Mandatory Continuing Education is a pragmatically drafted bill; however, it is considerate to note that the bill does have substantial shortcomings, which grounds issues. Wadhwa (2000) argues that assumptions in favor of professional education have attempted to establish that theoretical education sufficiently equips a candidate to meet real-time work environment. However, if education equips one to meet a job requirement, then it is absolutely unnecessary to have mandatory continuing education (MCE) programs. In any case, critics access that they lack substantial evidence in explaining the relationship between effective professional practice and MCE. Nonetheless (Callara, 2008, p. 12) explains that MCE attempts to examine on the importance of culture improvement through the development of a cognitive culture, behavioral norms and cognitive values. This professionalism enables people to perceive the quality of a given course. In fact, some of these expertise facilities; for instance, technology can be manually taught in a clinical setup. Nevertheless, these trainings may fail to meet their desired objectives due to breakdown or absence of class set-up professionalism. Class set-up professionalism stimulates hard-work through continuous assessment mechanisms and other trial methods. An MCE nurse and an ordinary contemporary nurse will differ greatly in how they deliver their services. An MCE nurse will; for instance, be applying terms which are appealing to the general discipline.

Conclusion

The MCE Bill should be protected on grounds of its affiliation to quality. Primarily, the bill seeks the reaffirmation of literature and technology improvement on various level of clinical implementation. The paper has accessed the merits and the critical aspect that have been attacking the bill. However, it is good to ratify that the bill not only improves industrial standards in a clinical setting, but also aggrandizes on the essentiality of professionalism required in the nursing general practice. In particular, the bill examines the role played by confidence and efficacy (impacted by MCE bill) in improving the quality of nursing practice. This is grounded on the knowledge that modern medical facilities have enabled nurses to act at an independent level; therefore, professionalism, efficacy and expertise are vital prerequisites for an expert nurse. The bill should also be protected for its role in promoting specialization. Essentially the MCE program seeks to further preexisting individual education. Education is in this sense portrayed on the literature concepts. So, specialization will facilitate skill aggrandizement hence, promoting an individual from proficient to expertise level.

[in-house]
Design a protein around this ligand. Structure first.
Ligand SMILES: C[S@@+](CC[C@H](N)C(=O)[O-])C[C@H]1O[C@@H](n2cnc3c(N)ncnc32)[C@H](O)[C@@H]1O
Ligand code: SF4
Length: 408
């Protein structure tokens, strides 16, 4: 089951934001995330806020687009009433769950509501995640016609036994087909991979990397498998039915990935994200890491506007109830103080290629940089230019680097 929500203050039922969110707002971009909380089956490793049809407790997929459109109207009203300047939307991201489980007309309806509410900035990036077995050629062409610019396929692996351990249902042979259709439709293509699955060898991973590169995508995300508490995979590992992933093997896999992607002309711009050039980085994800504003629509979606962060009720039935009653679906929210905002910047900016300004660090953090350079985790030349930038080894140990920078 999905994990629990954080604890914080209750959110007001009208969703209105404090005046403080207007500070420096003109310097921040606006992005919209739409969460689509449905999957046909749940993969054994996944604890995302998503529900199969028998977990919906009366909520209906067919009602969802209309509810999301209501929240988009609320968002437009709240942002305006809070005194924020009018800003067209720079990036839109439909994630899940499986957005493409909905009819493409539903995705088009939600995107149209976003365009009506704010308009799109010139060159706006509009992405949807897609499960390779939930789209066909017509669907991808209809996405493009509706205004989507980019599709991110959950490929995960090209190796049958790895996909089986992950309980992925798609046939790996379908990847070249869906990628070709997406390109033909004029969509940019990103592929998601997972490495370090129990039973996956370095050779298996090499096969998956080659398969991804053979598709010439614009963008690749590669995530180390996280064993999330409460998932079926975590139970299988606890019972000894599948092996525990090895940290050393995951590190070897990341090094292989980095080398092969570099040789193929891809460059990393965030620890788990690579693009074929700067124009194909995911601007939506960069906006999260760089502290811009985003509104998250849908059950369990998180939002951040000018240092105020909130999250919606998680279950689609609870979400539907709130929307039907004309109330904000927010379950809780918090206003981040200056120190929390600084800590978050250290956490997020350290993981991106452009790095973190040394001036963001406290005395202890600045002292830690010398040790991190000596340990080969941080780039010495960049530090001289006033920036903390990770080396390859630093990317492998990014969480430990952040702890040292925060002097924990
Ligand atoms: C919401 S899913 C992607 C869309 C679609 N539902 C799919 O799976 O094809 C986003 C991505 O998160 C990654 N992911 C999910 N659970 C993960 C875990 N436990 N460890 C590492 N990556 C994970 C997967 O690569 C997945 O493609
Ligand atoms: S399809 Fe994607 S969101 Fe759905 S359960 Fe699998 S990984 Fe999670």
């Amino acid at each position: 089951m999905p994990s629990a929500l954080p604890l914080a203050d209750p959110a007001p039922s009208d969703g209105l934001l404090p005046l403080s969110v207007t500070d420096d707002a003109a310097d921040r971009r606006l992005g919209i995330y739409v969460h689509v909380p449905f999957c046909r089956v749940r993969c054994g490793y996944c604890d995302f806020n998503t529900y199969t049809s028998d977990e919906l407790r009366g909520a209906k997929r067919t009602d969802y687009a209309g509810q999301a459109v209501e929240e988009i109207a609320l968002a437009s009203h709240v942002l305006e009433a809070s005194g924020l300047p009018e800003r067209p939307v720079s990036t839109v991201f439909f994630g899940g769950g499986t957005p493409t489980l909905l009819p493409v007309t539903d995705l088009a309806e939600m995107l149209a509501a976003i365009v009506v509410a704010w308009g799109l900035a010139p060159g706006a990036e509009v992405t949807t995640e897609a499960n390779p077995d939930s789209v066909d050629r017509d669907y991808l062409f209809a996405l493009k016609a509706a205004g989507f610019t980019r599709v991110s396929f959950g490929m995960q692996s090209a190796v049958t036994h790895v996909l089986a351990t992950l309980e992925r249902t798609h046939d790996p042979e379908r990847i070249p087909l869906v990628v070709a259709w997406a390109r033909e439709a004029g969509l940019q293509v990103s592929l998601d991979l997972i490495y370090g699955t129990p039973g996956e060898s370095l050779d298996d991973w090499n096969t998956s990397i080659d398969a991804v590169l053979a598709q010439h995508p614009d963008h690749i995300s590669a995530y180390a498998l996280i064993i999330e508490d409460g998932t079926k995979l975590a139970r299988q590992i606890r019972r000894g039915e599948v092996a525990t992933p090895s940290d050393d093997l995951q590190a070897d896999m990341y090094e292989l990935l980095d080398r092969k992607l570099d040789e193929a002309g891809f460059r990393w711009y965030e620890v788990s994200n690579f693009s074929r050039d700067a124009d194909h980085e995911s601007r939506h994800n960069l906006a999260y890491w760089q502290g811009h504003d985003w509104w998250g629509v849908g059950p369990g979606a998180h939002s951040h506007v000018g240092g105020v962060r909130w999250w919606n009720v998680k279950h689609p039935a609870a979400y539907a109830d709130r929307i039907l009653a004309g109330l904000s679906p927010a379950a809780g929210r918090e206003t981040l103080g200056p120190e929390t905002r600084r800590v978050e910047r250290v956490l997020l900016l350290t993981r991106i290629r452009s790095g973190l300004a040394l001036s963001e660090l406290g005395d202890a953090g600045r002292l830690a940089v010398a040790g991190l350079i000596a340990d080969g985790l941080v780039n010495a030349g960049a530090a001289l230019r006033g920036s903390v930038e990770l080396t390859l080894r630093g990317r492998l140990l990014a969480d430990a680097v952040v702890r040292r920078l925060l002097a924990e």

References

Basford, L. & Slevin, O. (2003). Theory and Practice of Nursing: An Integrated Approach to

Caring Practice. Nelson Thornes.

Boschma, G. (2005). Faculty of Nursing on the Move: Nursing at the University of Calgary,

1969-2004. Calgary: University of Calgary Press.

Callara, L. (2008). Nursing Education Challenges in the 21st Century. Nova Publishers.

Iyer, P. (2006). Nursing Home Litigation: Investigation and Case Preparation. Lawyers &

Judges Publishing Company.

Janice, E., Hartley, C. (2004). Nursing in Today’s World: Trends, Issues & Management.

Lippincott Williams & Wilkins.

Lenz, E., Faan, RN. (2002). Self-Efficacy in Nursing: Research and Measurement Perspectives.

New York, Springer Publishing Company.

Sullivan,W. (2005). Work and Integrity: The Crisis and Promise of Professionalism in America.

Jossey Bass.

Wadhwa, S. (2000). Modern Methods Of Teaching Adult Education. Sarup & Sons.

 

 

Are you looking for a similar paper or any other quality academic essay? Then look no further. Our research paper writing service is what you require. Our team of experienced writers is on standby to deliver to you an original paper as per your specified instructions with zero plagiarism guaranteed. This is the perfect way you can prepare your own unique academic paper and score the grades you deserve.

Use the order calculator below and get started! Contact our live support team for any assistance or inquiry.